A man with Hunter syndrome in the US is the first person to receive a systemic drug that attempts to edit and correct a faulty genetic sequence.
44-year-old Brian Madeux is the first patient to be enrolled into a trial of Sangamo Therapeutics’ SB-913, which uses zinc finger nuclease (ZFN) technology to insert a corrective gene into a precise location in the DNA of liver cells.
It is “the first time that genome editing has been done inside a human body in an effort to change the DNA of a patient with a rare genetic disease”, according to doctors at UCSF Benioff Children’s Hospital Oakland, who are running the trial with Sangamo and are led by paediatric gastroenterologist Paul Harmatz.
The aim is to restore production of iduronate-2-sulfatase (IDS), an enzyme that is deficient in Hunter syndrome and as a result leads to a build-up of glycosaminoclycans that in turn cause symptoms such as hearing loss, declining heart function, an enlarged liver and spleen and joint stiffness.
The rare genetic disorder – also known as mucopolysaccharidosis type II (MPS II) – is currently treated via enzyme replacement therapy (RT) with recombinant IDS, sold by Shire as Elaprase (idursulfase), that is given as a long-term weekly infusion.
“Even with regular infusions of ERT, which has markedly improved functional health outcomes, patients endure progressive damage to heart, bones, and lungs,” said Harmatz. Many patients with MPS II die of airway obstruction, upper respiratory infection or heart failure before they reach the age of 20.”
Sangamo is hoping that SB-913 will do away with the continuous need for enzyme replacement therapy by correcting the defect in the IDS gene and allowing patients to produce the enzyme themselves. The firm’s CEO, Sandy Macrae, says the first dosing means “we are at the start of a new frontier of genomic medicine”.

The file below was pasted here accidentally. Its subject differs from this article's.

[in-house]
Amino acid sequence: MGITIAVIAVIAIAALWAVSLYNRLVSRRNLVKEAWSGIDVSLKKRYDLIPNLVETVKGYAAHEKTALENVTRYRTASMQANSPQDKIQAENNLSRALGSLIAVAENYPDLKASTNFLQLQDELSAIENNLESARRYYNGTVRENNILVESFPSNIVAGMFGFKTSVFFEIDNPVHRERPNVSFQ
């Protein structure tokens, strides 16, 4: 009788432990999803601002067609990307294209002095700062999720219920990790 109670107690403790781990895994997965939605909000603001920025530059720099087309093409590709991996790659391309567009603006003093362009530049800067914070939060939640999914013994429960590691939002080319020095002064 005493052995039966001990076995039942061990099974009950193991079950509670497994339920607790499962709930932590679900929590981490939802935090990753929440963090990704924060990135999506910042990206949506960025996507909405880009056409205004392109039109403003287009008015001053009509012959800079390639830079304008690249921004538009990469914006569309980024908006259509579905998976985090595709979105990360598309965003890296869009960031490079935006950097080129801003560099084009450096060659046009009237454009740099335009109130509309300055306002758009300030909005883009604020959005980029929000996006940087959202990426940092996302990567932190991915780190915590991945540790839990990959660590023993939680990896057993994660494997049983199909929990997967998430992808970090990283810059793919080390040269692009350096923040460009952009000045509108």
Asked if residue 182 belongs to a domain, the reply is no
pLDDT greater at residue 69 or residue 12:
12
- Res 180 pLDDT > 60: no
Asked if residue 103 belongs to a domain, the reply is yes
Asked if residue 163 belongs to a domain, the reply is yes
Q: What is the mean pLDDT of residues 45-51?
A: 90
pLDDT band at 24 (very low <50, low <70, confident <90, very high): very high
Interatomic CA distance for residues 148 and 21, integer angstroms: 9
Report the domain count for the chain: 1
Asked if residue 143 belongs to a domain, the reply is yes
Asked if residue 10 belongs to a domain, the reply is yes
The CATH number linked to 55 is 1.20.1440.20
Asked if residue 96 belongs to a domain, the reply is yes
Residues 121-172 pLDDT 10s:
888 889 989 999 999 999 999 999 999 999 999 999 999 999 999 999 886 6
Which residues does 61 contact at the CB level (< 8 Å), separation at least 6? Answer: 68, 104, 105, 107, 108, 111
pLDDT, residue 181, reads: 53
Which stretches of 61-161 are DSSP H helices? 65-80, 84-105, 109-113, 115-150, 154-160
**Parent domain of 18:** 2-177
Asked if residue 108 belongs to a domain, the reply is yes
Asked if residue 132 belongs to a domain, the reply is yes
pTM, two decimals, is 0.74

The phase 1/2 CHAMPIONS trial is intending to enrol nine MPS II patients and is initially only monitoring the safety of the genome-editing therapy, but could eventually give some preliminary indications of efficacy.
The drug is given as a single intravenous infusion, with the genetic payload carried by adeno-associated virus (AAV) vectors that target the liver and – it is hoped – prevent the drug affecting cells in other parts of the body.
“The ZFNs enter the cells as inactive DNA instructions in a format designed only for liver cells to unlock,” explains Sangamo. “Once unlocked, the ZFNs then identify, bind to and cut the DNA in a specific location [and] Using the cells’ natural DNA repair processes, liver cells can then insert the corrective gene for IDS at that precise location.”
This targeted editing differs from gene therapy approaches in which genes are typically randomly inserted into the genome, which could cause unwanted effects. Sangamo has two other trials I play for its ZFN technology, targeting haemophilia B and MPS I, which is also known as Hurler or Hurler-Scheie syndrome.
Source : www.pmlive.com
Published on: November 22, 2017